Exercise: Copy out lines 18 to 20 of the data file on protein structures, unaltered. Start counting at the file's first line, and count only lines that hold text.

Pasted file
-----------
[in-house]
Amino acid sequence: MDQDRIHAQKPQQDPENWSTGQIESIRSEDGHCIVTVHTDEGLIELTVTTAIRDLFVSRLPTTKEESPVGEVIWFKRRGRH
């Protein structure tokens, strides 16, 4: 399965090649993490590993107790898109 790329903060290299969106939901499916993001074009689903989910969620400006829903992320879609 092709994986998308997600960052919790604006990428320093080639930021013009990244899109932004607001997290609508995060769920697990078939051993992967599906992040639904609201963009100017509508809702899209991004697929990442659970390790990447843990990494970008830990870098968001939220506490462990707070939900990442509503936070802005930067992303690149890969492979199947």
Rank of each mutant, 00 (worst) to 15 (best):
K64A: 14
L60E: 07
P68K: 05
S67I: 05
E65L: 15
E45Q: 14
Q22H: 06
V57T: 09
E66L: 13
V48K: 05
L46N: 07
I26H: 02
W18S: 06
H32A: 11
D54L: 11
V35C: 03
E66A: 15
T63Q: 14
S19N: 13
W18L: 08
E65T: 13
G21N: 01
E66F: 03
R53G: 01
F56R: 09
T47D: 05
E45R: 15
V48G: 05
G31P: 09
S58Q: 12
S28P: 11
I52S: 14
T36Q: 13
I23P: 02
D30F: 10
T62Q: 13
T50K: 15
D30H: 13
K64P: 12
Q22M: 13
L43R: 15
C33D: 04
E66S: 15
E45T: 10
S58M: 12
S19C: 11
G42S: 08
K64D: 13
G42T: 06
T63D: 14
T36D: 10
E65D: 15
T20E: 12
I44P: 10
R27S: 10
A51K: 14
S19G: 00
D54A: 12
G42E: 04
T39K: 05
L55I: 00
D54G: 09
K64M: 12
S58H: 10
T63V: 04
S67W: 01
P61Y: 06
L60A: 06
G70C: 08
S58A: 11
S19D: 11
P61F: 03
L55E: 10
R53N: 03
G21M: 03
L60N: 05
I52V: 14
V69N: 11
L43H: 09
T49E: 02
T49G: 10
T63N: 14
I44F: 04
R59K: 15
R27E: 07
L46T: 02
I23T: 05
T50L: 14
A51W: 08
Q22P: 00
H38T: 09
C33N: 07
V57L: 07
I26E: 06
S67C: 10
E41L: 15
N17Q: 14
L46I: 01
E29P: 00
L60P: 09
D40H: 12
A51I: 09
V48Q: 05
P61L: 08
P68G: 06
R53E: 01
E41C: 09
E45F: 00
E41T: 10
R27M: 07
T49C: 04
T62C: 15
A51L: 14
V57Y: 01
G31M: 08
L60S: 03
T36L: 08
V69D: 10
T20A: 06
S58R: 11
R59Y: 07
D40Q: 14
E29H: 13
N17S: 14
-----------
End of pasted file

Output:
H32A: 11
D54L: 11
V35C: 03